Allied Warships

HMS Egret (L 75 / U 75)

Sloop of the Egret class

NavyThe Royal Navy
TypeSloop
ClassEgret 
PennantL 75 / U 75 
Built byJ.S. White & Co. (Cowes, U.K.) 
Ordered5 Mar 1937 
Laid down21 Jul 1937 
Launched31 May 1938 
Commissioned10 Nov 1938 
Lost27 Aug 1943 
Loss position42.10N, 09.22W
History

HMS Egret (A/Cdr. John Valentine Waterhouse, DSO, RN) was the first Allied warship to be sunk by a guided missle. 30 nautical miles west of Vigo, Spain she was attacked by a squadron of Dornier aircraft, one of which carried and launched the Henschel Hs-293A guided bomb which hit sank Egret in position 42º10'N, 09º22'W, killing 194 of its crew.

 

Commands listed for HMS Egret (L 75 / U 75)

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CommanderFromTo
1Capt. John Campbell Annesley, DSO, RN2 Jun 193919 Jan 1940
2Cdr. Dering Parker Evans, RN19 Jan 194020 Apr 1940
3Cdr. Emile Frank Verlaine Dechaineux, RAN20 Apr 194019 May 1940
4Cdr. Dering Parker Evans, RN19 May 194014 Jan 1941
5A/Capt. Edmund Mount Haes, RN14 Jan 19418 Feb 1942
6Cdr. Charles Robert Stanier Farquhar, RN8 Feb 1942Jun 1943
7Lt. George Henry Cook, RNJun 1943Aug 1943
8Lt.Cdr. John Valentine Waterhouse, DSO, RNAug 194327 Aug 1943

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Noteable events involving Egret include:


My father (Stanley Henry Dovey died on 16th April 2011. He was on HMS Egret from 1939-1941. He was critically wounded when the ship was attacked in the Thames estuary and spent 13 months in Chatham and Park Prewett Hospitals (not sure how you spell the latter). He wanted to make a career in the navy, but this was not to be. He did have a few tales to tell - one such being that he was awfully seasick but so was the captain, who used to spend the first 2 or 3 days in bed when they left port. I wonder if he was the last survivor of the Egret! (1)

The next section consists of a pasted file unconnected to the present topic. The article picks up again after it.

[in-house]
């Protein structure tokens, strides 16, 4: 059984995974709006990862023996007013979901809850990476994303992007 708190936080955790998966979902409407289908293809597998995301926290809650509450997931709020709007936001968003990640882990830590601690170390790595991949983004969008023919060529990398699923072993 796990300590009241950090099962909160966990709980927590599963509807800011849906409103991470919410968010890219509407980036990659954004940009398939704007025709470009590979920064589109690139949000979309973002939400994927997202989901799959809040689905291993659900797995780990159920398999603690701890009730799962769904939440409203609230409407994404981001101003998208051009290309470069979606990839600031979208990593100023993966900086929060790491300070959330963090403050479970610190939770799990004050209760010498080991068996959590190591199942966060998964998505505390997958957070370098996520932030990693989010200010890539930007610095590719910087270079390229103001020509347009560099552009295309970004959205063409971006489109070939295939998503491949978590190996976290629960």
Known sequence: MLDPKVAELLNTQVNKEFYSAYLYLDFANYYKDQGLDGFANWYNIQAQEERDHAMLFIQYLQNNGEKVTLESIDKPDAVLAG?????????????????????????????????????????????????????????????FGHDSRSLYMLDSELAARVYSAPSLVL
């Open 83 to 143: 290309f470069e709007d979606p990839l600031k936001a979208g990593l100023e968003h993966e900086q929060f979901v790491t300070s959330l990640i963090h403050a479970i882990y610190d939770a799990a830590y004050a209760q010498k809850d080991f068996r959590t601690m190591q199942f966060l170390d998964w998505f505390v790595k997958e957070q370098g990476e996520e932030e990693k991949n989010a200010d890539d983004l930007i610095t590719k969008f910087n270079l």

23 Aug 1943
On the 23th August 1943 the 40th Escort Group (Cdr. Dallison), consisting of the sloops HMS Landguard, HMS Bideford, HMS Hastings and the frigates HMS Exe, HMS Moyola and HMS Waveney were deployed on a U-boat hunt off Cape Ortegal. The whole operation was covered by the British light cruiser HMS Bermuda.

On the 25th August the Canadian 5th Support Group (Cdr. Tweed), consisting of the British frigates HMS Nene, HMS Tweed and the Canadian corvettes HMCS Calgary, HMCS Edmundston and HMCS Snowberry were deployed to relieve the 40th Escort Group. While this was in progress the ships were attacked at 1415 hrs by 14 Dornier Do-217's and 7 Ju-88's. with the new German weapon, the Henschel Glider Bombs, (the "Hs293 A-1"). Designed by the German Professor Herbert Wagner. HMS Landguard and HMS Bideford were the first of the Allied and R.N. ships to be attacked and damaged by them. This being the first time of their being brought into action against Allied ships. Several sailors were injured on HMS Bideford and one sailor was killed.

Another two days later on the 27th August 1943 the Canadian 5th Support group was relieved by the 1st Support group (Cdr. Brewer) consisting of the sloops HMS Pelican, HMS Egret and the frigates HMS Jed, HMS Rother, HMS Spey and HMS Evenlode. Also the covering cruiser HMS Bermuda was relieved by the Canadian destroyer HMCS Athabaskan and the British destroyer HMS Grenville. These ships were also attacked by the Germans. This time with 18 Dornier Do-217?s also carrying Henschel Glider Bombs. HMCS Athabaskan was heavily damaged and HMS Egret was sunk with the loss of 194 of her crew. After this loss the U-boat hunt was blown off.

16 Aug 2009
My father, Lewis Thompson, was one of the few survivors of the sinking of the HMS Egret. He passed away last year at the age of 88. In 2007 he met with the grandson of one of his shipmates that did not make it, Ordenanceman John W. Chapman. His stories of the Egret were always exciting and I know the sinking had a profound effect on him. I miss him. (1)

Sources

  1. Personal communication

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